shall be handed back to him in at least as good condition as when it
entered school. Even if the parent does not insist upon it, the child
himself has a right to claim protection. The child has a claim upon
the state and the state a claim upon the child which demands
recognition. Education without health is useless. It would be better
to sacrifice the education if, in order to attain it, the child must
lay down his good health as a price. Education must comprehend the
whole man and the whole man is built fundamentally on what he is
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Sunday, February 25, 2007

Essays and Tales

Title: Essays and Tales

Author: Joseph Addison


- Quoi quisque fere studio devinctus adhaeret
Aut quibus i rebus multum sumus ante morati
Atque in quo ratione fuit contenta magis mens,
In somnis cadem plerumque videmur obire.
LUCR., iv. 959.

- What studies please, what most delight,
And fill men's thoughts, they dream them o'er at night.


In one of my rambles, or rather speculations, I looked into the
great hall where the bank is kept, and was not a little pleased to
see the directors, secretaries, and clerks, with all the other
members of that wealthy corporation, ranged in their several
stations, according to the parts they act in that just and regular
economy. This revived in my memory the many discourses which I had
both read and heard concerning the decay of public credit, with the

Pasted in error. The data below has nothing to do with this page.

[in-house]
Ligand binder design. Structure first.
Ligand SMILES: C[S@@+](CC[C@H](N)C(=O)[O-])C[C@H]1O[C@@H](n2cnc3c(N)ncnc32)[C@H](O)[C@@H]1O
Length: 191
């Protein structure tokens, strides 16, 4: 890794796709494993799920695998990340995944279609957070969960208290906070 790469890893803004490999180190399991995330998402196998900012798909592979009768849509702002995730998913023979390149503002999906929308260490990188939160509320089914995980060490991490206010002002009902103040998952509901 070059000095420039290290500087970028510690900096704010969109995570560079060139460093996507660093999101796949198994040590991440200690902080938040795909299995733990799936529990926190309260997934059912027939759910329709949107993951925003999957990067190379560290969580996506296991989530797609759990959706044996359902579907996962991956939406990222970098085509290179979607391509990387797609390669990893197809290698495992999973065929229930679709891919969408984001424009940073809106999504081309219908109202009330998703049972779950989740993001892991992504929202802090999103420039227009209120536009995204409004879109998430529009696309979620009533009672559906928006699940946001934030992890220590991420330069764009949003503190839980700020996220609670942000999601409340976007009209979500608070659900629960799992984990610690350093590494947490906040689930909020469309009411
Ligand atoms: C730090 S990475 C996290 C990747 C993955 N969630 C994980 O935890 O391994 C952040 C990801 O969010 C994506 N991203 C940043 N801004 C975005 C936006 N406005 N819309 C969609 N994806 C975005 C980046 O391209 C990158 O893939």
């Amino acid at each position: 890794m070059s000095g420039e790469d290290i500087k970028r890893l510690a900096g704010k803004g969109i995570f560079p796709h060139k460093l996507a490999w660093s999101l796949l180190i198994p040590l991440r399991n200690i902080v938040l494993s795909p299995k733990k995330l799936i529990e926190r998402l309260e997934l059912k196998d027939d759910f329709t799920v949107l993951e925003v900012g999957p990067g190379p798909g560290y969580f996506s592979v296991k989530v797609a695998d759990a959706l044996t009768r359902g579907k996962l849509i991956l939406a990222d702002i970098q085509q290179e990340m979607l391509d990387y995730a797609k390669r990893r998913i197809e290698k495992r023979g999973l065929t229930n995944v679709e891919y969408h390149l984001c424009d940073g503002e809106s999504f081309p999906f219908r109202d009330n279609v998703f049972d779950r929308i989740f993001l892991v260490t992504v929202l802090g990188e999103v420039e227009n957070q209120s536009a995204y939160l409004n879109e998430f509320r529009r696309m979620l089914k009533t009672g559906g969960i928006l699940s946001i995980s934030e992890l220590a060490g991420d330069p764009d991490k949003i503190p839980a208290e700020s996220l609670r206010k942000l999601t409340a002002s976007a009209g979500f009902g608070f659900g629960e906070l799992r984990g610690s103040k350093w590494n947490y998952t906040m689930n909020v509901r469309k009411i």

methods of restoring it; and which, in my opinion, have always been
defective, because they have always been made with an eye to
separate interests and party principles.

The thoughts of the day gave my mind employment for the whole night;
so that I fell insensibly into a kind of methodical dream, which
disposed all my contemplations into a vision, or allegory, or what
else the reader shall please to call it.

Methoughts I returned to the great hall, where I had been the
morning before; but to my surprise, instead of the company that I
left there, I saw, towards the upper end of the hall, a beautiful
virgin, seated on a throne of gold. Her name, as they told me, was
Public Credit. The walls, instead of being adorned with pictures
and maps, were hung with many Acts of Parliament written in golden
letters. At the upper end of the hall was the Magna Charta, with
the Act of Uniformity on the right hand, and the Act of Toleration
on the left. At the lower end of the hall was the Act of
Settlement, which was placed full in the eye of the virgin that sat
upon the throne. Both the sides of the hall were covered with such
Acts of Parliament as had been made for the establishment of public
funds. The lady seemed to set an unspeakable value upon these
several pieces of furniture, insomuch that she often refreshed her
eye with them, and often smiled with a secret pleasure as she looked
upon them; but, at the same time, showed a very particular
uneasiness if she saw anything approaching that might hurt them.